His most visible role was as commissioner of the state Department of Environmental Conservation from 1997 to 2001, where he now says he gained vast experience in enforcing the state’s environmental laws, as well as implementing a $1.75 billion environmental bond act approved by the voters in 1996.
Friday, he breezed through Buffalo in preparation for the May 14-15 Republican State Convention in Rye Brook, where he is expected to join a ticket headed by gubernatorial candidate Rob Astorino, the Westchester County executive. Cahill said he is ready to make a strong case for a challenge to Schneiderman because of what he considers a lack of action in key areas.
“I see the Attorney General’s Office and don’t see an impact it is capable of having,” he said.
Cahill listed three areas as his focus:
• Being “tough but fair” in dealing with business.
• Serving as an advocate for education.
• “Taking seriously” the responsibility of enforcing public integrity and rooting out official corruption.
A graduate of Fordham University and Pace University School of Law, Cahill says he will avoid former Attorney General Eliot L. Spitzer’s “sheriff of Wall Street” approach to regulating business. He acknowledged the special role the New York attorney general holds in supervising many aspects of the financial industry, but says the focus should be on creating a level and fair playing field. He will not shy away from taking on business when needed, he said, but will not pursue it for political purposes.
“AG should stand for attorney general, not ‘aspiring governor,’” he said.
The candidate also said he would strictly interpret the state constitutional requirement to provide children with the best education possible. That means advocacy for all schools, he said, including charter schools and pushing for educational tax credits for private schools.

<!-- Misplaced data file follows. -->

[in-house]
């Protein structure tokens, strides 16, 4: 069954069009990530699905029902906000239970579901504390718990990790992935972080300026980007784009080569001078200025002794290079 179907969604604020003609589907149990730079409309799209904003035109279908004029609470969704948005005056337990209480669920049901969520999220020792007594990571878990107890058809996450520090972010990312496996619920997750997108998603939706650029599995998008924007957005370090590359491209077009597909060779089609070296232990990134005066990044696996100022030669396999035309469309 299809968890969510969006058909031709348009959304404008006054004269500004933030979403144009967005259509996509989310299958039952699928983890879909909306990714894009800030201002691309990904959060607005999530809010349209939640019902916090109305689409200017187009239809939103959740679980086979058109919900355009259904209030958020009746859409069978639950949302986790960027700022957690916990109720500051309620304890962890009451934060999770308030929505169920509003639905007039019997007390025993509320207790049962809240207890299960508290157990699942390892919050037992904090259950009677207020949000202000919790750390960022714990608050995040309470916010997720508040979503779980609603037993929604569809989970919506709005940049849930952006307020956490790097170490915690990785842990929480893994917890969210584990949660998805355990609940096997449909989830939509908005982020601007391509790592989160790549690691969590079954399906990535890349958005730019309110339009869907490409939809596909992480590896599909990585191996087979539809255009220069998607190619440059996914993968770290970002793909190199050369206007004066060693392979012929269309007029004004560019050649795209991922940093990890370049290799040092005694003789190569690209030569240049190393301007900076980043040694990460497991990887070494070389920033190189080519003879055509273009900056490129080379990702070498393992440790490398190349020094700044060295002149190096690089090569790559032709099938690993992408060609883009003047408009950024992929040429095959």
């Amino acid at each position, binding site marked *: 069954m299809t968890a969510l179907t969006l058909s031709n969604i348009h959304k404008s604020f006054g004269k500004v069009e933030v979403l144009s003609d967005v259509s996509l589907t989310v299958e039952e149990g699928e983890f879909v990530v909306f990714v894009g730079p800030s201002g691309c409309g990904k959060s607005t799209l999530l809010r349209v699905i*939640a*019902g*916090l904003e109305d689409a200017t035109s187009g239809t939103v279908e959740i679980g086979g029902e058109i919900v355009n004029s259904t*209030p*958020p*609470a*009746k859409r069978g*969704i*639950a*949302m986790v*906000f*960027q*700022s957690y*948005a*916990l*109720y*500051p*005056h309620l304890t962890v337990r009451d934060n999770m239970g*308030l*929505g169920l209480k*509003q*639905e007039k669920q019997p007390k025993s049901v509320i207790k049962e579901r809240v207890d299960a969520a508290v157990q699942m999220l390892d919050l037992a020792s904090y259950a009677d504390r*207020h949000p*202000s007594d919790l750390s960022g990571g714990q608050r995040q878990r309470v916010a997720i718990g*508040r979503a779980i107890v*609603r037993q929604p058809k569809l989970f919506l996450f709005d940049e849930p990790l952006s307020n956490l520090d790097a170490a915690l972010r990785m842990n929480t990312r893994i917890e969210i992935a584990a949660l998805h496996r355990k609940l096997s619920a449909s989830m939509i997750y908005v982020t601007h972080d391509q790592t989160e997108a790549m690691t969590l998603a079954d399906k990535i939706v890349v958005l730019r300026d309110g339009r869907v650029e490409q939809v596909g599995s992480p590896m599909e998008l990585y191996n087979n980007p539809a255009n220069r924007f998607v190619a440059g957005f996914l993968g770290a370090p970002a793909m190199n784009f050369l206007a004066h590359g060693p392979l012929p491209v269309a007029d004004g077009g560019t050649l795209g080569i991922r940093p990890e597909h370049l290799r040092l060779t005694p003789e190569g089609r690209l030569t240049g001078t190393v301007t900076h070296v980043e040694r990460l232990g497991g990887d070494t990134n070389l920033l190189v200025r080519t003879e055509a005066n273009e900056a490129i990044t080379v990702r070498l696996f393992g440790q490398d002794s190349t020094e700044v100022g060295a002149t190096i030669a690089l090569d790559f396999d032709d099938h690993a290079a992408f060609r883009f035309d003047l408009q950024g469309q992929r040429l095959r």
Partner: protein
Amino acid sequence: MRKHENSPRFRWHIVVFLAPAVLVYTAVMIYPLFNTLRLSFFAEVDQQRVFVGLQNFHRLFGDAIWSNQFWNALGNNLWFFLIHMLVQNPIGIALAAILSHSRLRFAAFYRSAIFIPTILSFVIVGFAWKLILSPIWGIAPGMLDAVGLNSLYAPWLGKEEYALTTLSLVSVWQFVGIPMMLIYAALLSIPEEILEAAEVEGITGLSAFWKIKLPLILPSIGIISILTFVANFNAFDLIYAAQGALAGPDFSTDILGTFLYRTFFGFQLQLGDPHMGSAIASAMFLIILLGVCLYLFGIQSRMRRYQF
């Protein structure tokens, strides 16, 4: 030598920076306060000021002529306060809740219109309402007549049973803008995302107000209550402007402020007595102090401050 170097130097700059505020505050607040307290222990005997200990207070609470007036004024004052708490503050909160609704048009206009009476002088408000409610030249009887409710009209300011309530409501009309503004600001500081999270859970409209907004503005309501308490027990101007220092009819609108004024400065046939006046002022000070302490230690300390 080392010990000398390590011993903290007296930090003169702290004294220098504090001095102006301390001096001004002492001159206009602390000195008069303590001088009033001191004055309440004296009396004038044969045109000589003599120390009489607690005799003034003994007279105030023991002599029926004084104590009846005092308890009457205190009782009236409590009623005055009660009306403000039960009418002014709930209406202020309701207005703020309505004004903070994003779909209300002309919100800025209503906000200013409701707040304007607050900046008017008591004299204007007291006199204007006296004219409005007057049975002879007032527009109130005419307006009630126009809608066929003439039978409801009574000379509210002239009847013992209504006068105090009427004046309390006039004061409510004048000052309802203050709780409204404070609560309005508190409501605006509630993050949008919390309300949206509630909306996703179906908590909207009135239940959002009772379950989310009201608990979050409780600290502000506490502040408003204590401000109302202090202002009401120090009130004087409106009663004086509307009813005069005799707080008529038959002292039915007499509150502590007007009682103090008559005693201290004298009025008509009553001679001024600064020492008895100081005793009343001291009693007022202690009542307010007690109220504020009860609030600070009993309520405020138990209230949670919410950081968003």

“The AG should weigh in because he’s entrusted with a constitutional duty,” he said. “Parents and children should have a right to choose their education.”
And Cahill said he believes Gov. Andrew M. Cuomo’s Moreland Commission to Investigation Public Corruption would never have been necessary if the attorney general seriously pursued violations of public integrity.
He sees few results from the commission that Cuomo formed and then disbanded.
“It didn’t change anything; it was an opportunity unfulfilled,” he said. “We still have an underlying lack of confidence in government. That’s where the attorney general should step in.”
Cahill knows he faces a tough challenge in a state where Democrats vastly outnumber Republicans. But he said he believes he can make the case to enough Democrats and unaffiliated voters to vote for him, and that a Republican can still win in New York.
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Larry Levy, with the National Center for Suburban Studies at Hofstra University, says the ads are an example of a classic campaign tactic against a relatively unknown opponent. “To get out there with as much negative stuff as you can, to define him before he gets a chance to define himself or define you,” said Levy, who said the governor wants the first time most people hear about the Republican candidate to be in a “Cuomo ad”.
Astorino is fighting back with a web video, where he accuses the Democrats, and their leader Governor Cuomo, of playing the race card. “How dare you throw out the race card when you know it doesn’t apply?” Astorino asks in the video. “Have you no shame?”
Cuomo has not offered any comments on the dispute, which has led Astorino to accuse the governor of hiding behind surrogates. Cuomo, with his $33 million dollar war chest, has the advantage and the bigger megaphone… “Astorino is fighting like David with rocks against Goliath with spears and chariots,” Levy said.